When I was young I was enthralled by the idea of trapping and so my mom took me in to the Fish and Game to take the test to get my trapping license, I got my first trapping license at 13 or 14, which isnít the easiest process in California. I didnít do a lot of trapping, mostly because it is costly to have to use box traps. But last year I decided to get my trapping license again, thinking that Iíd pony up the money for some decent box traps, or buy the materials to make some, but I didnít buy any, so I never ended up doing any trapping (after spending the $110 on the license) so Iím debating on whether I want to get my trapping license this year or the alternative is using the money I would to get some traps and instead buy myself a nice dedicated predator gun and caller. The budget only allows one. Since you canít trap bobcats in California anyways Iím leaning more toward the hunting route, instead of trapping. Bobcat is absolutely the most interesting quarry to me, second would be coyotes but I like the idea of coyote hunting because itís open all year. I buy bobcat tags that just sit in my pocket every year; a few years ago I bought a couple Carver Calls and used them here and there but never to seriously and never once did I call anything in. Partly because I had no clue what I was doing but also I think I just wasnít in a good area for it. I recently moved closer to an area with a larger population of coyotes so I decided to go out recently for a dedicated coyote search. I wouldnít really call it a hunt, more like scouting but I did bring along my 17 HMR in case of any close encounters with a coyote. I was pretty stoked on the first evening just before sunset I got a yote howling about 300 yards away, I made a little to much movement and it busted me. No big deal though, it was fun to get a response from the calls and given the stand I was at I donít think I would have gotten him within 100 yards, which was my personal limit considering the gun I was using. The next morning I set up only 200 yards from the evening stand and almost immediately got a response in the form of a howl. I saw 2 coyotes in an opening at 258 yards, they went into some brush, I didnít think they were scared so I kept calling and not 5 minutes later I looked behind me and had a coyote 147 yards away. Given the wind was gusting pretty bad, I knew the shot would likely be no good. It was fun to actually have something respond to the call. I also am fascinated with Mammalogy, I want to ad some skulls and skins to my collection, no head shots. I do all my own tanning and skull mounts. So when coyotes are prime, pelt damage is a main concern for me, and same goes for bobcats. My father also really enjoys skulls and skins and would make good gifts to him.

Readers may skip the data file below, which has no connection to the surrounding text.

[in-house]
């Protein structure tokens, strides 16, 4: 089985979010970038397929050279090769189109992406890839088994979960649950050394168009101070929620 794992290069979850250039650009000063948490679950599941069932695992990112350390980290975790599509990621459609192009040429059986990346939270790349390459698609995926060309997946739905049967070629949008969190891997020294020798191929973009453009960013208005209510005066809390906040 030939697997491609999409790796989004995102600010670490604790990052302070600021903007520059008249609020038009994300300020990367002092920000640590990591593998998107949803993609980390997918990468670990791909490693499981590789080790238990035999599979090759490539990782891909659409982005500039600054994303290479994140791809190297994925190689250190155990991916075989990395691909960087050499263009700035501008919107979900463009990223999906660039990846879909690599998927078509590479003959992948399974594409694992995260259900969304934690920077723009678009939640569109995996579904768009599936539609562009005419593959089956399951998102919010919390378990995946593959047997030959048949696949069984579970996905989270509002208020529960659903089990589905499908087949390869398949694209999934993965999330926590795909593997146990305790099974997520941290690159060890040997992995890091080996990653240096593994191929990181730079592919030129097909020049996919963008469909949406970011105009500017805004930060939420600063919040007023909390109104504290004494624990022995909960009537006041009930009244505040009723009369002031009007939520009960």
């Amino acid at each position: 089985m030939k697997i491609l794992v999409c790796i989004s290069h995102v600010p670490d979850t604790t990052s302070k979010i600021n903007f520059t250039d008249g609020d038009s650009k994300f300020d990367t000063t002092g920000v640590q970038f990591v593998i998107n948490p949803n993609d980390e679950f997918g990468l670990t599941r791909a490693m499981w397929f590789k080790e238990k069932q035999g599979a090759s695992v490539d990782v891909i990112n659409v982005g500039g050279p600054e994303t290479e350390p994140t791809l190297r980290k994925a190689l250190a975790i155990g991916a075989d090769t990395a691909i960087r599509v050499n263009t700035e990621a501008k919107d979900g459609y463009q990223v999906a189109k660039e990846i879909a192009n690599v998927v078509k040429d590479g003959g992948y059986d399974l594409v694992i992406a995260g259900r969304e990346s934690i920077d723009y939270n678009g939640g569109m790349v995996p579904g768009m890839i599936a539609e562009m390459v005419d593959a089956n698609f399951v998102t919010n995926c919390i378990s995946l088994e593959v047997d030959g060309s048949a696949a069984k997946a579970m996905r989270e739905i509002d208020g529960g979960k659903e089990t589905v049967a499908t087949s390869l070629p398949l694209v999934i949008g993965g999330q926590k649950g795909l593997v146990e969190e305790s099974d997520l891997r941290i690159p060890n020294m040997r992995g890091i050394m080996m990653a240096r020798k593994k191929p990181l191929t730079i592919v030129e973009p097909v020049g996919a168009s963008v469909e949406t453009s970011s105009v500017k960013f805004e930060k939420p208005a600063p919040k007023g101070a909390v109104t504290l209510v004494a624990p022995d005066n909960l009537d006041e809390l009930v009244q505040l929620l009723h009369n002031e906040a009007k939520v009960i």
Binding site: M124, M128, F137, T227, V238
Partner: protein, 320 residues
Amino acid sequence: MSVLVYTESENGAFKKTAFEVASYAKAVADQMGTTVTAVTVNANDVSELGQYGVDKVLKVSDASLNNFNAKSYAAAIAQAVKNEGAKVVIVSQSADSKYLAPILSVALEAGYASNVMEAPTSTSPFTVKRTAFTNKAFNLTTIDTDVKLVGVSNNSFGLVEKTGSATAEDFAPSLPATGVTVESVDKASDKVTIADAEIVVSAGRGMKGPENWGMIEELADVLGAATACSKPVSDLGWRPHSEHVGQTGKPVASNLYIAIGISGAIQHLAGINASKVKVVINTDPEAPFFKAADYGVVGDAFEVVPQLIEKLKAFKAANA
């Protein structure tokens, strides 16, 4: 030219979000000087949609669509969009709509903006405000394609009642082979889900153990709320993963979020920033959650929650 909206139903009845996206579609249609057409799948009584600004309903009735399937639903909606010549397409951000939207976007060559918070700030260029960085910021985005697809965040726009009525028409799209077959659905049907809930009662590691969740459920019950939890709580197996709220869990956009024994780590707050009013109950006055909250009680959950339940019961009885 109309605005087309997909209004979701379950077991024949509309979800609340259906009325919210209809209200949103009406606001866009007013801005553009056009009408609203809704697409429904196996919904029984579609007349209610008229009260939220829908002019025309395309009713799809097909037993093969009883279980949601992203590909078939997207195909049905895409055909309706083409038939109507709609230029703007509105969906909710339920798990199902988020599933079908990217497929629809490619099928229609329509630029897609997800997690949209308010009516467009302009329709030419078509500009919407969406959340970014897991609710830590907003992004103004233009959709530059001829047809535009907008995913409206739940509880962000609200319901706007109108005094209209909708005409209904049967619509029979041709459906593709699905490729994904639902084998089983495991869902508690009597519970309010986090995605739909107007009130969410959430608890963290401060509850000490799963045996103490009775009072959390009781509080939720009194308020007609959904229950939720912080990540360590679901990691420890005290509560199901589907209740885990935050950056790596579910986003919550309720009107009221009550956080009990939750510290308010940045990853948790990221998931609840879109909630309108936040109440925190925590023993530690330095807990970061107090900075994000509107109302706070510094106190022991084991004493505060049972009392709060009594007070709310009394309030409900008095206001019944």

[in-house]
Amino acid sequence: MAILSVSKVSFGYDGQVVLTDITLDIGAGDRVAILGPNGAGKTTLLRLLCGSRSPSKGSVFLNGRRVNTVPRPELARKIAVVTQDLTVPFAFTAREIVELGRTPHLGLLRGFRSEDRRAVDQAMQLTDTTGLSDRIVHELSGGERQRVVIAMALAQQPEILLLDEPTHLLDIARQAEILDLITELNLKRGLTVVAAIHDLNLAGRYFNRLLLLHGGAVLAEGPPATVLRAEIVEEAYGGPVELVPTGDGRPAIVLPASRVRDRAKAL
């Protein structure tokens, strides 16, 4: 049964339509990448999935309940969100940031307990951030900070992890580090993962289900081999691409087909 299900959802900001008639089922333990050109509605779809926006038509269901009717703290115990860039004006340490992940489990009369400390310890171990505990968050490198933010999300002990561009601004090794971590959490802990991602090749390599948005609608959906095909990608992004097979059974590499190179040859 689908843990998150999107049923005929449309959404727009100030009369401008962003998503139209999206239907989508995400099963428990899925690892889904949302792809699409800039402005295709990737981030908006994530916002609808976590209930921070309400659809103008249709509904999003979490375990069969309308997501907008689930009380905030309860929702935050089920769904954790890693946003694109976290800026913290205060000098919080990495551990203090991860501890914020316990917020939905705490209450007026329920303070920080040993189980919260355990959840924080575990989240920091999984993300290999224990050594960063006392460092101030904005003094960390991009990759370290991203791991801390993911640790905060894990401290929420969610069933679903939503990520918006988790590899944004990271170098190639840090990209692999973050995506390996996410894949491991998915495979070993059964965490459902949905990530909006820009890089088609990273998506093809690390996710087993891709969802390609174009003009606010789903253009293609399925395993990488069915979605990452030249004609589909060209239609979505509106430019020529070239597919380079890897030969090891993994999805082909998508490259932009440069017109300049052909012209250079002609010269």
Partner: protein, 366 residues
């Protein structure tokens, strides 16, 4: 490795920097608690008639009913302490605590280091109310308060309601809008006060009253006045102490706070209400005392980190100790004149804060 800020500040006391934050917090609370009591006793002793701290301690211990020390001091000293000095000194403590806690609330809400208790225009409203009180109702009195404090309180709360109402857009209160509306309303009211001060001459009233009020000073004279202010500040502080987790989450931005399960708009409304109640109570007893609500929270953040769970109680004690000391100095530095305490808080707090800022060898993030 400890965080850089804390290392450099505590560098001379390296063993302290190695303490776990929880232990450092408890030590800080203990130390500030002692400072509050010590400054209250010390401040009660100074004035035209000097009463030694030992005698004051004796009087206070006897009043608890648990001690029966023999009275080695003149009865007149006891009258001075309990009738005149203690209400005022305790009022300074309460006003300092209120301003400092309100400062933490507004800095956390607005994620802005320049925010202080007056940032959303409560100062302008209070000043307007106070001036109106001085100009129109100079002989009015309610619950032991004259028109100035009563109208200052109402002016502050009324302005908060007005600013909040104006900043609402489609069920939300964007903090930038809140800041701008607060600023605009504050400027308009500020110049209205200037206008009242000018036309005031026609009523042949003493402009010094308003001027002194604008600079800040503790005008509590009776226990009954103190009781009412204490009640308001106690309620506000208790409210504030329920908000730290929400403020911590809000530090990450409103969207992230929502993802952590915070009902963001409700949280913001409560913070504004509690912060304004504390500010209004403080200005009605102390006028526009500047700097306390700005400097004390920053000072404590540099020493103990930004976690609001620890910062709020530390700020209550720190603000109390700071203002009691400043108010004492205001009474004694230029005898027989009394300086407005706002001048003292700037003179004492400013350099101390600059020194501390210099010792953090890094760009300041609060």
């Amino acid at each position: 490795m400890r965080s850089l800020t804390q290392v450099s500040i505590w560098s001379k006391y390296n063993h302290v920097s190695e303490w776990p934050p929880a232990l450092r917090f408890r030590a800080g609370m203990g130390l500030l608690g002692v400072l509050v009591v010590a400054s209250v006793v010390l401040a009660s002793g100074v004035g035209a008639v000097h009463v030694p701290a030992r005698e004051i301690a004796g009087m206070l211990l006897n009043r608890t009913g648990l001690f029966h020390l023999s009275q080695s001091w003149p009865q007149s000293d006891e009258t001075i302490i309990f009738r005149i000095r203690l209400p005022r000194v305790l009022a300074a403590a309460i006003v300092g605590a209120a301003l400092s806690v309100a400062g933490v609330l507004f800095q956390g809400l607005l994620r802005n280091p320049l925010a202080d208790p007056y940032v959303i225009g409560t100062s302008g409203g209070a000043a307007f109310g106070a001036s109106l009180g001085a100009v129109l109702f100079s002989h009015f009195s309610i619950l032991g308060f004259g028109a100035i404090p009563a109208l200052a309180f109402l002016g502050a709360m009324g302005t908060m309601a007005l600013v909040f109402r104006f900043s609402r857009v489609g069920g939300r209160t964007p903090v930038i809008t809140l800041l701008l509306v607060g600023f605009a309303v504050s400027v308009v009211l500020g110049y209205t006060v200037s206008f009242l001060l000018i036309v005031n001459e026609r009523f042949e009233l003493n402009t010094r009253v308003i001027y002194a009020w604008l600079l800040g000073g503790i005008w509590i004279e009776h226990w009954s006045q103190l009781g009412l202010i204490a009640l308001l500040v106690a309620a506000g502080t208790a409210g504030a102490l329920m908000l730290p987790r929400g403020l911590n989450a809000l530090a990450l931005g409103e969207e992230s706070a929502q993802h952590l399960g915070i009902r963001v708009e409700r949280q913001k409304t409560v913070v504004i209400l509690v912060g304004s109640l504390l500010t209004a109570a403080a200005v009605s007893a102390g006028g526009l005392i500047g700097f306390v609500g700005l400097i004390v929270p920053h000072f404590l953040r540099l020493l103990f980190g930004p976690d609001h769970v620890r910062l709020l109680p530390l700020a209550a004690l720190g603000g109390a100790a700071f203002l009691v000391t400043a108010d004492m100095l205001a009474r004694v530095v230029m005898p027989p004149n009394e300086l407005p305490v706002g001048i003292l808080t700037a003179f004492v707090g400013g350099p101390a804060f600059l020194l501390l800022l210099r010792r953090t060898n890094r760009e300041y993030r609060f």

Most of my hunting will be here in California, but as I mentioned I am out of state for other hunts so what Iím looking forward to is hunting my grandfathers ranch for coyotes and wolves in Northern Idaho. He truly hates them and he would be pleased to have me take care of some. Also in Central Idaho there is quite an extensive population of wolves where we elk hunt, I buy a tag but I never actually pursued them. I did howl some up last year as a joke to my elk hunting buddy. We both killed our bulls way down a canyon and we had to pack the elk 3/4 mile and 1200 feet in elevation uphill to where we staged the meat to than make the 9 mile pack out to the truck. It took 3 days, but Iím very protective of game meat, and so we packed our first of 3 loads of meat to the staging area uphill, and all we had were sleeping bags and sacks of elk, and I told my buddy that we needed to basically sleep on the meat because Iíll bet there are wolves right down the canyon. He gawked, and I half jokingly said ďseriously, watchĒ and I howled a big long sequence but before I could finish my howl we got cut off by a pack of wolves not to far off. I had one hand on my elk steaks that night. In addition, I buy a Nevada Hunting License every year because I like to put in for deer, elk, sheep points so it would be nice to actually use the license for something, Iím only 2.5 hours from Nevada now so Iím planning to Chukar and Coyote hunt that way this year. Where we hunt in Montana ( Missouri River Breaks) has its fair share of coyotes. Iíd really like to be geared up for predator hunting before we leave for that trip in late October.